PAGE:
Not everybody really knows Leonard Cohen

Who: The Art Gallery of Ontario, with Angry Butterfly for creative and strategy, Stryker Media Group for media.

What: “Leonard Cohen: Everybody Knows,” a campaign promoting the AGO exhibition dedicated to all elements of the iconic Canadian artist’s creative life.

When & Where: The campaign is rolling out now around the greater Toronto area, running until the end of April. Media includes TSAs, wild postings, digital and social media, projections, subway ads, email, and a Union Station takeover.

Why: Most Canadians—and certainly most art-loving Canadians—know of Leonard Cohen, but the exhibition is intended to take visitors deeper into his life through rare footage, archival materials like notebooks and letters, as well as some of his lyrics, photographs, drawings and digital art.

“The campaign honours the sentiment of the exhibition, which is that everybody thinks they know Cohen. But really—as with any human being—there is so much more beneath the surface,” said Kimber Slater, AGO’s director, brand marketing in a release. “The marketing campaign invites you to ‘Get the story behind the words,’ and that’s really what this exhibition does.”

How: Angry Butterfly wanted to harness the power and familiarity of Cohen’s own words in modern-day contexts. Famous lyrics and lines were projected onto locations that gave them new contemporary relevance.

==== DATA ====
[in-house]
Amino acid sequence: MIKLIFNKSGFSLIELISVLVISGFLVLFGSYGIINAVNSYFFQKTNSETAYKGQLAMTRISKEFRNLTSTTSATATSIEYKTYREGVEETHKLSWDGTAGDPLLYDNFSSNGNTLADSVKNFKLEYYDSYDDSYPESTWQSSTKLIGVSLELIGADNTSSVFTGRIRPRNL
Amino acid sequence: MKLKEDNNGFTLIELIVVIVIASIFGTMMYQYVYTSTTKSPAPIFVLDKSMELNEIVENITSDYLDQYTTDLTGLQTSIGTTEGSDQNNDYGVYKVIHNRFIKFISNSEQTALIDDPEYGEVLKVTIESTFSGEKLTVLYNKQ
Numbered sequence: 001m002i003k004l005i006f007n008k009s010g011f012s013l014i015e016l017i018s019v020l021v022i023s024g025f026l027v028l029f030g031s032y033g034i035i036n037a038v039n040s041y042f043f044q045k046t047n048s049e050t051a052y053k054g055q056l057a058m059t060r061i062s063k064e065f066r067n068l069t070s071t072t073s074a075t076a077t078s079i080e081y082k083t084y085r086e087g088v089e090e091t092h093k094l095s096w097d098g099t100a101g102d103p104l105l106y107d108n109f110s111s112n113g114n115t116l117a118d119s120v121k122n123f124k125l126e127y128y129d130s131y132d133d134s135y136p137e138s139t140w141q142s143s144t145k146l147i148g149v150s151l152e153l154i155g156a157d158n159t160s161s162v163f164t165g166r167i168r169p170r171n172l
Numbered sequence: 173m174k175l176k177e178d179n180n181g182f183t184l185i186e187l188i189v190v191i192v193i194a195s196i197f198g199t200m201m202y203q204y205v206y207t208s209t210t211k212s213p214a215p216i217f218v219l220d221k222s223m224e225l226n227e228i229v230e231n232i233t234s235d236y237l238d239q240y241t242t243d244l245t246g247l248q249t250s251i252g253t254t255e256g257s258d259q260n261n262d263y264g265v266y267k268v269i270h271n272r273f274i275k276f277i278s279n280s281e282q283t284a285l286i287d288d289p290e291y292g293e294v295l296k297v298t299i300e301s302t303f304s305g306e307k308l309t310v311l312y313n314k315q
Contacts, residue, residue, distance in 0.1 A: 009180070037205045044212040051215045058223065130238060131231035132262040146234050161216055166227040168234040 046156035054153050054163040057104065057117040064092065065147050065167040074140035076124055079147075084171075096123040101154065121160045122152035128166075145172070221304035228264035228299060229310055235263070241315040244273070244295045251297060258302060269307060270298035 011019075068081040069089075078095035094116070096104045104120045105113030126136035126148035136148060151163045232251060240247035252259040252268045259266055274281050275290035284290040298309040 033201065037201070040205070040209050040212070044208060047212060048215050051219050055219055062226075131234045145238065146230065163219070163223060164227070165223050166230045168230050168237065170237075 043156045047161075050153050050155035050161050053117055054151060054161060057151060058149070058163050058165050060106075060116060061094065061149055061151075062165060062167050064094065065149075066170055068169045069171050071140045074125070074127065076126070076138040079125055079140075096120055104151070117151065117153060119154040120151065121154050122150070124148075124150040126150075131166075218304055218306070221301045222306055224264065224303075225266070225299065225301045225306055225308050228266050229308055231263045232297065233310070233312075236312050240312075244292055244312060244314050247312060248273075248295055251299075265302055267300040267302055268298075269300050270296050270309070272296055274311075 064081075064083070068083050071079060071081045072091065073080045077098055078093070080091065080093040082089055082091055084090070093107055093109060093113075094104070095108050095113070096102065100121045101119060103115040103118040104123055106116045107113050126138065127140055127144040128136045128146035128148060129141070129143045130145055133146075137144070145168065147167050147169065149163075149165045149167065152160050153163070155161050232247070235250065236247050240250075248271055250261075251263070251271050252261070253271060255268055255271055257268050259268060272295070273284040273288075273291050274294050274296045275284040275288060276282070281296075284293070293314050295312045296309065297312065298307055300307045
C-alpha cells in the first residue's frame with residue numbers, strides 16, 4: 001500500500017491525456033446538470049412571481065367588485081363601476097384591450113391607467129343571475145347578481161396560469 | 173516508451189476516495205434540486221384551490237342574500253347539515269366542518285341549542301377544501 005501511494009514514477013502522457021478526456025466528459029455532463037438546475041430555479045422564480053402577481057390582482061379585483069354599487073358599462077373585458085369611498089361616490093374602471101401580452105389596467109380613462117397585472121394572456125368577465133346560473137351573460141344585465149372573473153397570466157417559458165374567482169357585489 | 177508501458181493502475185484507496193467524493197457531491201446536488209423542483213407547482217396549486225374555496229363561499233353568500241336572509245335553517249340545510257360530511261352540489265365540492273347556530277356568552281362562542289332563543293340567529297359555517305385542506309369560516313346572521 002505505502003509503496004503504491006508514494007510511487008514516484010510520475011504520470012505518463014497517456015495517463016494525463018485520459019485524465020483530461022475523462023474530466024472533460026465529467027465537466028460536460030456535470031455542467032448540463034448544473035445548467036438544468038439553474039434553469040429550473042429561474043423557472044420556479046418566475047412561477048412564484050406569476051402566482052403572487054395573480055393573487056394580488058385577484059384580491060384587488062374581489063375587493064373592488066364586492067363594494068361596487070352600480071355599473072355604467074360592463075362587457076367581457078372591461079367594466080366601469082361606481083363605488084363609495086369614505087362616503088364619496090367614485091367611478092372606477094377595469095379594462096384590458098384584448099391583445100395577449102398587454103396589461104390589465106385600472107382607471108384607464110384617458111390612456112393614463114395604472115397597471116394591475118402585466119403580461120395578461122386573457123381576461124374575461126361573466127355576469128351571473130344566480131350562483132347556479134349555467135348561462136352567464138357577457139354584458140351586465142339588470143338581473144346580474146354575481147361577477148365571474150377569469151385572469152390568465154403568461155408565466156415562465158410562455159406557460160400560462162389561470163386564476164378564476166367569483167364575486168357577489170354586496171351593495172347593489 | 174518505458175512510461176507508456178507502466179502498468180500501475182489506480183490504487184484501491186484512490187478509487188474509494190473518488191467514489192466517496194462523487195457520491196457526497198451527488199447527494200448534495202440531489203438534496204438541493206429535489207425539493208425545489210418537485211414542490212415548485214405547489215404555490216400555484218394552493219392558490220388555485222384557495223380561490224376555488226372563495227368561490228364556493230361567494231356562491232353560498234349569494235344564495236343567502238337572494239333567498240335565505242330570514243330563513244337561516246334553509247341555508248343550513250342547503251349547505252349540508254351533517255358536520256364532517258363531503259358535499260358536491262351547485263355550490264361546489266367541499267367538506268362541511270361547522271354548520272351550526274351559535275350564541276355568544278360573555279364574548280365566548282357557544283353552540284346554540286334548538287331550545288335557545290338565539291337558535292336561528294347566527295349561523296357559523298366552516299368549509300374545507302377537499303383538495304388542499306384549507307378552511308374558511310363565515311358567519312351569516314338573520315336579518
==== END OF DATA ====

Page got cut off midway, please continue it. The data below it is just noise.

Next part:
“I showed my heart to the doctor. He said I just have to quit,” was projected onto the side of a pharmacy, while “I have no program. I have no five-year plan,” was shone on the Ted Rogers School of Management. The lines were created using Cohen’s handwriting and signed off with his personal signature.

“His words are a window into his mind and character, and by opening that window for people, we hope they’ll be intrigued enough to learn more,” said Slater.

And we quote: “Leonard Cohen was a true artist in his writing, and he expressed himself in a variety of media through the years. He was witty, he was playful, he was an acute observer of the human condition, and as the exhibition shows, he never stopped creating.” — Erin Kawalecki, partner and chief creative officer, Angry Butterfly

David Brown